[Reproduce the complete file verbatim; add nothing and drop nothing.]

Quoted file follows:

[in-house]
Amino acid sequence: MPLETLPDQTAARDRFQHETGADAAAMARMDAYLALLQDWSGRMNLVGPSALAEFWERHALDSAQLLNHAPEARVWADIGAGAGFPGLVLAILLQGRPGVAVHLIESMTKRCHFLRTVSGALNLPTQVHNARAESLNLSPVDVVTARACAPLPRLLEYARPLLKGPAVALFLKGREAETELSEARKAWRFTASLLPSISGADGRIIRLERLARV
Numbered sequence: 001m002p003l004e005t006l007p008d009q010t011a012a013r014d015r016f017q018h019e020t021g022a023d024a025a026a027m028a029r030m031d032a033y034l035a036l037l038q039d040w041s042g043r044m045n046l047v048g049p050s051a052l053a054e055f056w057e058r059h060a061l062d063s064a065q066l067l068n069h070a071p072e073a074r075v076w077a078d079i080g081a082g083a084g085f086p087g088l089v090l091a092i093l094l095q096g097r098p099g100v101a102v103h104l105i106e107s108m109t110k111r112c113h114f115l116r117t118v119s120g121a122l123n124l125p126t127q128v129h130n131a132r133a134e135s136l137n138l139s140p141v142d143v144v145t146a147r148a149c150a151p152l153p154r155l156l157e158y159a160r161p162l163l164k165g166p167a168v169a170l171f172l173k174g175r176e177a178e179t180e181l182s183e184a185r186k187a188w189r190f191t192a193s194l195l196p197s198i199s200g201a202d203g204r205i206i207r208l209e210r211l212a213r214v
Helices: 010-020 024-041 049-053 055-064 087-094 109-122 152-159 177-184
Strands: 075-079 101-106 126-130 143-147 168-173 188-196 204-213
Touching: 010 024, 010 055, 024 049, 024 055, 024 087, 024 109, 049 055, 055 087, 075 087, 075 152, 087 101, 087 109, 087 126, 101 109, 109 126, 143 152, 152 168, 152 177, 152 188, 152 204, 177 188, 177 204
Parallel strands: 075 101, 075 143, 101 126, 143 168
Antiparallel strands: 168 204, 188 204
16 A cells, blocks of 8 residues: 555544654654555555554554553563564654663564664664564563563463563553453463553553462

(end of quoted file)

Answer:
[in-house]
Amino acid sequence: MPLETLPDQTAARDRFQHETGADAAAMARMDAYLALLQDWSGRMNLVGPSALAEFWERHALDSAQLLNHAPEARVWADIGAGAGFPGLVLAILLQGRPGVAVHLIESMTKRCHFLRTVSGALNLPTQVHNARAESLNLSPVDVVTARACAPLPRLLEYARPLLKGPAVALFLKGREAETELSEARKAWRFTASLLPSISGADGRIIRLERLARV
Numbered sequence: 001m002p003l004e005t006l007p008d009q010t011a012a013r014d015r016f017q018h019e020t021g022a023d024a025a026a027m028a029r030m031d032a033y034l035a036l037l038q039d040w041s042g043r044m045n046l047v048g049p050s051a052l053a054e055f056w057e058r059h060a061l062d063s064a065q066l067l068n069h070a071p072e073a074r075v076w077a078d079i080g081a082g083a084g085f086p087g088l089v090l091a092i093l094l095q096g097r098p099g100v101a102v103h104l105i106e107s108m109t110k111r112c113h114f115l116r117t118v119s120g121a122l123n124l125p126t127q128v129h130n131a132r133a134e135s136l137n138l139s140p141v142d143v144v145t146a147r148a149c150a151p152l153p154r155l156l157e158y159a160r161p162l163l164k165g166p167a168v169a170l171f172l173k174g175r176e177a178e179t180e181l182s183e184a185r186k187a188w189r190f191t192a193s194l195l196p197s198i199s200g201a202d203g204r205i206i207r208l209e210r211l212a213r214v
Helices: 010-020 024-041 049-053 055-064 087-094 109-122 152-159 177-184
Strands: 075-079 101-106 126-130 143-147 168-173 188-196 204-213
Touching: 010 024, 010 055, 024 049, 024 055, 024 087, 024 109, 049 055, 055 087, 075 087, 075 152, 087 101, 087 109, 087 126, 101 109, 109 126, 143 152, 152 168, 152 177, 152 188, 152 204, 177 188, 177 204
Parallel strands: 075 101, 075 143, 101 126, 143 168
Antiparallel strands: 168 204, 188 204
16 A cells, blocks of 8 residues: 555544654654555555554554553563564654663564664664564563563463563553453463553553462